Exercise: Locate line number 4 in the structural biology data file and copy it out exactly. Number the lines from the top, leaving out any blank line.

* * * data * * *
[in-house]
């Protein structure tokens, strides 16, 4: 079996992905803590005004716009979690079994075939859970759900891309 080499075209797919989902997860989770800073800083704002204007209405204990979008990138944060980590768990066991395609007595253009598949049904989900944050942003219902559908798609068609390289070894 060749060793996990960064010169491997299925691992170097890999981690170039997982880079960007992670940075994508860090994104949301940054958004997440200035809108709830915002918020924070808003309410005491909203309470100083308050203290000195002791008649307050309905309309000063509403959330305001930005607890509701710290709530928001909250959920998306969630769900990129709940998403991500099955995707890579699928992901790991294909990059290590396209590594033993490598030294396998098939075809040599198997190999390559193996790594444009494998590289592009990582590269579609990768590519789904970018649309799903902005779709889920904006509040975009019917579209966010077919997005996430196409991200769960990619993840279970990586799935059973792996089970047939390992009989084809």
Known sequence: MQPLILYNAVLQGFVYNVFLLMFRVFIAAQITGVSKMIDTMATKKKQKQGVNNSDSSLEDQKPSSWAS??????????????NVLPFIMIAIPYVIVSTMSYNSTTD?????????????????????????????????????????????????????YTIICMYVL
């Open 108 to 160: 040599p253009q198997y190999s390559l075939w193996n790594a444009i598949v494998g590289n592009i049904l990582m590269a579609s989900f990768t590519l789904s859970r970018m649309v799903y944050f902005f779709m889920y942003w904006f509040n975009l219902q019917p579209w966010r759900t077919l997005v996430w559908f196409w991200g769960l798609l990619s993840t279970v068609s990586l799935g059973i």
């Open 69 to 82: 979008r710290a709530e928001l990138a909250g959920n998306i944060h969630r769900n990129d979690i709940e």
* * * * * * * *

């Open 108 to 160: 040599p253009q198997y190999s390559l075939w193996n790594a444009i598949v494998g590289n592009i049904l990582m590269a579609s989900f990768t590519l789904s859970r970018m649309v799903y944050f902005f779709m889920y942003w904006f509040n975009l219902q019917p579209w966010r759900t077919l997005v996430w559908f196409w991200g769960l798609l990619s993840t279970v068609s990586l799935g059973i």